Changing the name of an alpaca -
Name changes shall be allowed for alpacas having no registered offspring. (Section 04-05) of ARI Policy & Procedures

Proposed name changes must also comply with the naming requirements of policy ARI 04-04 Alpaca Names. (Section 04-05) of ARI Policy & Procedures

While I have never had the desire or need to change an alpaca's registered name -this does happen and there are valid reasons for it.

Translating these 2 sentences of the code means that if an alpaca has no registered offspring, a name change is rather easily accomplished if the change complies with the naming requirements in section 04-04 of the ARI Policy & Procedures code which we spoke about above.   If there are registered offspring then there has to be a petition made to the BOD of ARI. 

EXAMPLE 1 -  I will use my breeder id "Alma Park"  and the generic name "Some Alpaca Farm" as the other breeder id.   A Dam was purchased and financed with cria at side on March 1, 2009.  Cria was less than a week old when Dam was purchased. The cria came with the Dam and there was no value placed on the cria.  Dam was not paid off until March 1, 2010.  The cria was named Alma Park CutiePie and the ARI certificate was in the sellers name.   Once the dam was paid off and both the ARI for the Dam and Cria were transferred to the buyer, the buyer attempted to change the crias name to Some Alpaca Farm CutiePie.   This would obviously be denied.  Firstly, the cria was born prior to the buyer even entering into a contract for the Dam and the seller obviously made the breeding decision for this Dam and owned the Dam at time of Conception and owned the Dam at time of birth of the cria. 

EXAMPLE 2 -  I named an alpaca "Alma Park Snook'ems" cause he was so adorable at birth.  Well as Snook'ems grew up, he did amazingly well at shows and was really destined to be a herdsire.  Since Snook'ems did not sound like a regal enough name and had not started his breeding career and had no registered cria, it is quite easy for me to go into the registry and change his name.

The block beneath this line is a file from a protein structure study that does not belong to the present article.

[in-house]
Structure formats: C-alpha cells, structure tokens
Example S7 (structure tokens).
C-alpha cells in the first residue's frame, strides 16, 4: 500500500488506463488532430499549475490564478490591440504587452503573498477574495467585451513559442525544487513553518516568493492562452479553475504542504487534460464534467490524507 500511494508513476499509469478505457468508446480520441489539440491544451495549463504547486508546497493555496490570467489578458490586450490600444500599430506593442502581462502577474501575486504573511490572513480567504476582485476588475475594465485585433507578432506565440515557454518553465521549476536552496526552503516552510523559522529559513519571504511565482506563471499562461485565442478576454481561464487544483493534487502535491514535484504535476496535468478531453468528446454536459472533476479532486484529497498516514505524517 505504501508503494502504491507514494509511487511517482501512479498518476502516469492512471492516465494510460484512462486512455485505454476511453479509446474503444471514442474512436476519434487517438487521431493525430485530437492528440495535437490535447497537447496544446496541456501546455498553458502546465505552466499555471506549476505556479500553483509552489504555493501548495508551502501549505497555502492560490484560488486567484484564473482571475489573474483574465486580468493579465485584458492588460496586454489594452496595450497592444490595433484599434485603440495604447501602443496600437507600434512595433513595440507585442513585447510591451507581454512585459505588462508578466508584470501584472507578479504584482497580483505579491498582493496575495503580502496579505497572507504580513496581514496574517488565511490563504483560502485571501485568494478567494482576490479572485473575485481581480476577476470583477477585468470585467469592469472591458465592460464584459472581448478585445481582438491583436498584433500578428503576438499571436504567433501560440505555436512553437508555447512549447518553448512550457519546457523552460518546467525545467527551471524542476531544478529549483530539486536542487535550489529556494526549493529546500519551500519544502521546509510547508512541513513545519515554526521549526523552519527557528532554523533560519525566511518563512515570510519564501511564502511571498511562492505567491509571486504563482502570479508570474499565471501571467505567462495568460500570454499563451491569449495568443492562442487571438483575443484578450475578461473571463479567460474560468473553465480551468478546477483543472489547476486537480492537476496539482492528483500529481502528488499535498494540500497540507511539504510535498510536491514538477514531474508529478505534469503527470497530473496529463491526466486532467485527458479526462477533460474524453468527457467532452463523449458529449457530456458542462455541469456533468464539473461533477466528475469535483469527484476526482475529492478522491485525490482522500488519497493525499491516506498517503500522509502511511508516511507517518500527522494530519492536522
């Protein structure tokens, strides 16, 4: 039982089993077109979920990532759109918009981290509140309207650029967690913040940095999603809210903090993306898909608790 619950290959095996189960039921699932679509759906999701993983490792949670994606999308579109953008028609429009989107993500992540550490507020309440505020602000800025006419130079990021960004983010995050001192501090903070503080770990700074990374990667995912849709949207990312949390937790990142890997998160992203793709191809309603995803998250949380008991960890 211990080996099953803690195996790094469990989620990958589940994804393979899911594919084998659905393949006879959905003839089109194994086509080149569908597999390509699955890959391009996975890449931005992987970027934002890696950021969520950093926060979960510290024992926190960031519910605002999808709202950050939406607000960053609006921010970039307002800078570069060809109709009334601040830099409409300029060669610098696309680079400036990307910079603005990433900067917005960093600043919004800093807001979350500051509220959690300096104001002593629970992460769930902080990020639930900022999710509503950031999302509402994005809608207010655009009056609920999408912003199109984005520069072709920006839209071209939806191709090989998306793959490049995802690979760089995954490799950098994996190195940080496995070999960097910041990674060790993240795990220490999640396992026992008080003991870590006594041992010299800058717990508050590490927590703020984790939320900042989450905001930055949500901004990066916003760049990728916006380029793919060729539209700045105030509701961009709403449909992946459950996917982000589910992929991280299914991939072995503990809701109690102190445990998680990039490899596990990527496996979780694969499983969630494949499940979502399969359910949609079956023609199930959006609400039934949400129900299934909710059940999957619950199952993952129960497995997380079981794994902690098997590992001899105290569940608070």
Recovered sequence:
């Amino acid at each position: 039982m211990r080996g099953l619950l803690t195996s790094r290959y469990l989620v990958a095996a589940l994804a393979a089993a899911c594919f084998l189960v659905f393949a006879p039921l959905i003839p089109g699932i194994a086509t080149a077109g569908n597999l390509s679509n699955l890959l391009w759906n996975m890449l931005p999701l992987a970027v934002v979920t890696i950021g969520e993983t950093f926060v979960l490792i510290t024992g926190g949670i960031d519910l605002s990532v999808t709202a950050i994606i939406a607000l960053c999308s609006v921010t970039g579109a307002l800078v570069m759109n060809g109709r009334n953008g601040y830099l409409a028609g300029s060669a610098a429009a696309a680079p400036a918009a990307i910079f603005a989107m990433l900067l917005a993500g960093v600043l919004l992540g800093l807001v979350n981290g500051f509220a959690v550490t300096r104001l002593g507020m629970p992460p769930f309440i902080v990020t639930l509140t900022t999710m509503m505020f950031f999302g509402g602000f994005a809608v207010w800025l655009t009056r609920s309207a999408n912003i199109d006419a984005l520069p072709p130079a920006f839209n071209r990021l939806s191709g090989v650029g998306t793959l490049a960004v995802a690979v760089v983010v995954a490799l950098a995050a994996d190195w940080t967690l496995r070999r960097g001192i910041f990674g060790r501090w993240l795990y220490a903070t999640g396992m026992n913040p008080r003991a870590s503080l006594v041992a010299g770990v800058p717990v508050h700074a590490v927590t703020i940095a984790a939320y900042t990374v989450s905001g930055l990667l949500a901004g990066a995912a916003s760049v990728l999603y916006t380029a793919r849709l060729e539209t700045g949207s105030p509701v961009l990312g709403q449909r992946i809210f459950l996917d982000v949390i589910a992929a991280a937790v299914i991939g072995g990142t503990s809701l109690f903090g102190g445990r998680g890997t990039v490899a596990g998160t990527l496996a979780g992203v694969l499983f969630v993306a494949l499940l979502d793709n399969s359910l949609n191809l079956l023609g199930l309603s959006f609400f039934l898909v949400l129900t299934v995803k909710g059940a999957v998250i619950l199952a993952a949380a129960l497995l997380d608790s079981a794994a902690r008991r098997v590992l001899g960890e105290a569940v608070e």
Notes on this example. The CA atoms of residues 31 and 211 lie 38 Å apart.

Change - Alma Park Snook'ems to Alma Park Stud Muffin

I was the dam owner at conception so I did not have to ask anyone's permission even if I had no longer owned the dam.

Other items in name such as "Bolivian", "Peruvian", "Accoyo" etc etc -

There are no specific guidelines in the ARI Policy & Procedures for this type of additions to names.  When I started breeding 8 years ago, it was very common to see these types of items in names and many farms use it today.  It is largely for marketing.  I personally do not use this when I name any of my crias simply because I prefer to use unique names that are fun and have a story behind them.  Many people also like to add the Sire's name, again, this is great for marketing especially if it is a well known sire.

Friday, August 13, 2010

Alpaca Fiber Herd Viability

This article is also scheduled to be published in the August 2010 edition of The Alpaca Ontario Newsletter

Once upon a time, not that long ago, alpaca breeders focused on increasing their herds, breeding up and selling seed stock.  New people came into the alpaca industry for promises of a country life, a simpler life,  and a laid back lifestyle leaving corporate America behind.   A small percentage of alpaca owners decided long ago that the fiber was the reason behind raising these lovely creatures, not quick profits or a certain lifestyle; and a cottage fiber industry was born.  Amazing products came to market in the form of wonderful yarns, socks, blankets, felted items and more.  As the US reaches almost 200,000 alpacas today coast to coast, the possibility of a commercial industry comes more into focus and viability of fiber herds is on the mind of enterprising individuals looking for a commercial fiber or textile industry.  

Most alpaca breeders across the US have small herds numbering less than 20 and the alpacas are treated more as pets then livestock.  In order for a fiber herd to be viable, emotions must shift from family pets to livestock herds, much the way cattle, goats and sheep are raised today.   In order to run an effective fiber herd enterprise several hundred alpacas must be raised and expenses minimized in order for profits to be realized.